The Scottish Government’s embattled Named Person scheme faced renewed criticism last week, when one of its leading proponents dubbed it unworkable.
Liberal Democrat leader Willie Rennie, previously a strong supporter of the plan, said his party now questions its implementation altogether.
His U-turn pours further scorn on a scheme which was recently mauled by experts in law and education.
The Scottish Government is trying to revive its plans after central elements of the Named Person scheme were ruled to be unlawful by the UK Supreme Court.
Ministers have drawn up a code of practice, designed to guide Named Persons on sharing sensitive data about children.
However, the code has been rubbished by legal experts and teachers appearing before Holyrood’s Education Committee in recent weeks.
Mr Rennie said the Named Person scheme has “lost the confidence of parents and many professionals.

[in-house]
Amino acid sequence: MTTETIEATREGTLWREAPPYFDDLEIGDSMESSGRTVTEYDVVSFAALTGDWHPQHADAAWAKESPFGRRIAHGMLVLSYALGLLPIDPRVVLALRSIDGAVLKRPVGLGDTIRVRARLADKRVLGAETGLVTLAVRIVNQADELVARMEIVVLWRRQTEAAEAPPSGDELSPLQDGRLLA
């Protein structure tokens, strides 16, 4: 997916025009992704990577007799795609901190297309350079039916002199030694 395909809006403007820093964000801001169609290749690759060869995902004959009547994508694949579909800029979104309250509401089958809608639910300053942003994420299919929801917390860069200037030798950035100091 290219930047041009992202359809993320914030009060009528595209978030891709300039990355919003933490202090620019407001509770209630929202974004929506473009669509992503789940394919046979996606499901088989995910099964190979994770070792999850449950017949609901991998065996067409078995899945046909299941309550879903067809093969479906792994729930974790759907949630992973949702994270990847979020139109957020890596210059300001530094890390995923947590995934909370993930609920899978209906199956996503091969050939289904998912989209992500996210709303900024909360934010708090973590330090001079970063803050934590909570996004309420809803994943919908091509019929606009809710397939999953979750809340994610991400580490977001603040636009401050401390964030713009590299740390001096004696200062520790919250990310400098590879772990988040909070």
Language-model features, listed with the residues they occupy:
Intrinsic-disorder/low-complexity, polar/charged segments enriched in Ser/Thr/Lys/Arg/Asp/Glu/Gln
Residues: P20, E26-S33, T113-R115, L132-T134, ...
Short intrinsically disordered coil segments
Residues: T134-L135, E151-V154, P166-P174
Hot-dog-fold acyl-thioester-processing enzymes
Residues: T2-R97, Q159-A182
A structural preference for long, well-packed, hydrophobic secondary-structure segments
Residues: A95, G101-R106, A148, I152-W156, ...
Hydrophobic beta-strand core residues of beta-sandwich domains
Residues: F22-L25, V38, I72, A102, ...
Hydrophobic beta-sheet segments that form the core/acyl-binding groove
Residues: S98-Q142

“There has been significant mission creep in the way it will work, with practitioners, out of fear that they will be criticised for not complying with the law, going beyond what their professional judgement would dictate.”
Labour MSPs have also voiced their disquiet over the code, saying it will encourage “defensive practice”.
A spokesman for the No to Named Persons campaign (NO2NP), backed by The Christian Institute, said:
“The Named Person scheme is holed below the water line and rapidly sinking under a tsunami of condemnation from experts and those expected to implement it.”
He added: “The draft code has been attacked on all sides by information watchdogs, teachers, lawyers and health visitors.”
Responding to criticism of its plans, a spokeswoman for the Scottish Government said it will “ensure successful implementation”.